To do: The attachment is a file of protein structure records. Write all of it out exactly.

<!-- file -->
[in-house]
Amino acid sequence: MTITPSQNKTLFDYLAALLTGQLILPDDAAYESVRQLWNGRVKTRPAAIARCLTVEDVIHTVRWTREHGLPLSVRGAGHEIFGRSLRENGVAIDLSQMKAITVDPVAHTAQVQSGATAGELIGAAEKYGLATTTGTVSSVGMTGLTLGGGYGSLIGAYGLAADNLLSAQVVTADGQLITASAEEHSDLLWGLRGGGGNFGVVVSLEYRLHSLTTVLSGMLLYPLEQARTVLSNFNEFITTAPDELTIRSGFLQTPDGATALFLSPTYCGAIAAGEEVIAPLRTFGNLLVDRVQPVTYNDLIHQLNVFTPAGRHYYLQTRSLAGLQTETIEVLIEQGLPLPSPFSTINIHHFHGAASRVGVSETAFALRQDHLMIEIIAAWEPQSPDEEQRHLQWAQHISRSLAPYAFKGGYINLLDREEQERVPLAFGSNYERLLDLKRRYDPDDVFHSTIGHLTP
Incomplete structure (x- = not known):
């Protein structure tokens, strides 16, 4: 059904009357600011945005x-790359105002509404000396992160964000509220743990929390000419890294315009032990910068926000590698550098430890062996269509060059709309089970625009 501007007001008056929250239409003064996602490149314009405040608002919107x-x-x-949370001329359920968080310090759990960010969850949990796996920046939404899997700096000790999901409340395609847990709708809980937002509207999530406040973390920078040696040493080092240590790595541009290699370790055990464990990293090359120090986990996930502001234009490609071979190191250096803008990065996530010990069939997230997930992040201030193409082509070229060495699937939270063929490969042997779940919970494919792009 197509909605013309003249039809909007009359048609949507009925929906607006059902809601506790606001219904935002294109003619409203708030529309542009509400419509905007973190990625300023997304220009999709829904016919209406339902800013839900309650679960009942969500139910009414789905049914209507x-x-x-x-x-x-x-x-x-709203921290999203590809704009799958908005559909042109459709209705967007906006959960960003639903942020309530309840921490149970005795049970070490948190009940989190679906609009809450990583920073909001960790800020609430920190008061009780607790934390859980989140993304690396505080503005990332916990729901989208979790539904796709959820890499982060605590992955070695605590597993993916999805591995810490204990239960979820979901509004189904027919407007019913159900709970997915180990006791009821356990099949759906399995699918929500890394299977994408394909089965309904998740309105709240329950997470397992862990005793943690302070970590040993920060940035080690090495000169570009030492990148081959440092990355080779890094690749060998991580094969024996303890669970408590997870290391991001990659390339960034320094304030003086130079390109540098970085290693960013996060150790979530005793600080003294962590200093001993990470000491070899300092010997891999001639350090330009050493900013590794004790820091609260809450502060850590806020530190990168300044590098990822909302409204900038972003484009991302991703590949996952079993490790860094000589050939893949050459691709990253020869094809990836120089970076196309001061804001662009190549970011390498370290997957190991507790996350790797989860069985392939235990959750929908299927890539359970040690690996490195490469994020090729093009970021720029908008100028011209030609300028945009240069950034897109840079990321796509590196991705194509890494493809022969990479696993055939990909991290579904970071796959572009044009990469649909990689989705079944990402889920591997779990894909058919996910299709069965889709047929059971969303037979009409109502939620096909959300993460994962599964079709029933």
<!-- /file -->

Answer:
[in-house]
Amino acid sequence: MTITPSQNKTLFDYLAALLTGQLILPDDAAYESVRQLWNGRVKTRPAAIARCLTVEDVIHTVRWTREHGLPLSVRGAGHEIFGRSLRENGVAIDLSQMKAITVDPVAHTAQVQSGATAGELIGAAEKYGLATTTGTVSSVGMTGLTLGGGYGSLIGAYGLAADNLLSAQVVTADGQLITASAEEHSDLLWGLRGGGGNFGVVVSLEYRLHSLTTVLSGMLLYPLEQARTVLSNFNEFITTAPDELTIRSGFLQTPDGATALFLSPTYCGAIAAGEEVIAPLRTFGNLLVDRVQPVTYNDLIHQLNVFTPAGRHYYLQTRSLAGLQTETIEVLIEQGLPLPSPFSTINIHHFHGAASRVGVSETAFALRQDHLMIEIIAAWEPQSPDEEQRHLQWAQHISRSLAPYAFKGGYINLLDREEQERVPLAFGSNYERLLDLKRRYDPDDVFHSTIGHLTP
Incomplete structure (x- = not known):
């Protein structure tokens, strides 16, 4: 059904009357600011945005x-790359105002509404000396992160964000509220743990929390000419890294315009032990910068926000590698550098430890062996269509060059709309089970625009 501007007001008056929250239409003064996602490149314009405040608002919107x-x-x-949370001329359920968080310090759990960010969850949990796996920046939404899997700096000790999901409340395609847990709708809980937002509207999530406040973390920078040696040493080092240590790595541009290699370790055990464990990293090359120090986990996930502001234009490609071979190191250096803008990065996530010990069939997230997930992040201030193409082509070229060495699937939270063929490969042997779940919970494919792009 197509909605013309003249039809909007009359048609949507009925929906607006059902809601506790606001219904935002294109003619409203708030529309542009509400419509905007973190990625300023997304220009999709829904016919209406339902800013839900309650679960009942969500139910009414789905049914209507x-x-x-x-x-x-x-x-x-709203921290999203590809704009799958908005559909042109459709209705967007906006959960960003639903942020309530309840921490149970005795049970070490948190009940989190679906609009809450990583920073909001960790800020609430920190008061009780607790934390859980989140993304690396505080503005990332916990729901989208979790539904796709959820890499982060605590992955070695605590597993993916999805591995810490204990239960979820979901509004189904027919407007019913159900709970997915180990006791009821356990099949759906399995699918929500890394299977994408394909089965309904998740309105709240329950997470397992862990005793943690302070970590040993920060940035080690090495000169570009030492990148081959440092990355080779890094690749060998991580094969024996303890669970408590997870290391991001990659390339960034320094304030003086130079390109540098970085290693960013996060150790979530005793600080003294962590200093001993990470000491070899300092010997891999001639350090330009050493900013590794004790820091609260809450502060850590806020530190990168300044590098990822909302409204900038972003484009991302991703590949996952079993490790860094000589050939893949050459691709990253020869094809990836120089970076196309001061804001662009190549970011390498370290997957190991507790996350790797989860069985392939235990959750929908299927890539359970040690690996490195490469994020090729093009970021720029908008100028011209030609300028945009240069950034897109840079990321796509590196991705194509890494493809022969990479696993055939990909991290579904970071796959572009044009990469649909990689989705079944990402889920591997779990894909058919996910299709069965889709047929059971969303037979009409109502939620096909959300993460994962599964079709029933």